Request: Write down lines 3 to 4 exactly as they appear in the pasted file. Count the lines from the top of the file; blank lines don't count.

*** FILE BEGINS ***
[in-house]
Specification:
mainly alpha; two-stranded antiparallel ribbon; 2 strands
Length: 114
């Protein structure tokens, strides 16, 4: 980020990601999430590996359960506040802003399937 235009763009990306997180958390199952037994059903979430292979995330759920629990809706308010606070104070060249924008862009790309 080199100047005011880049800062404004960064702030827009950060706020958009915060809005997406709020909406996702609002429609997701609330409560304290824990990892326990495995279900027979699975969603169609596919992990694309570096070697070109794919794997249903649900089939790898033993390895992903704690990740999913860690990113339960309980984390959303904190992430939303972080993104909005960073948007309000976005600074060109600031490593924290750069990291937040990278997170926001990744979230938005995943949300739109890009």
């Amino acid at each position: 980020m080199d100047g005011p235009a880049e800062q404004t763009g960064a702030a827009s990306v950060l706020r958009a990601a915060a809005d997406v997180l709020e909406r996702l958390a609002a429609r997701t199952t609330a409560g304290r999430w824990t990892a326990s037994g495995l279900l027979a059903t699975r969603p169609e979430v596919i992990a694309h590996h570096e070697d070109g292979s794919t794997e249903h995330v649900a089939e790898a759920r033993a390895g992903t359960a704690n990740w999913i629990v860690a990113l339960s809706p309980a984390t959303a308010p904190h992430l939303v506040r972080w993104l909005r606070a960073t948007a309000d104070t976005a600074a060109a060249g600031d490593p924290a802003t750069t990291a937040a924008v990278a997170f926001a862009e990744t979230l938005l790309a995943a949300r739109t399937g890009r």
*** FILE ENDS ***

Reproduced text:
mainly alpha; two-stranded antiparallel ribbon; 2 strands
Length: 114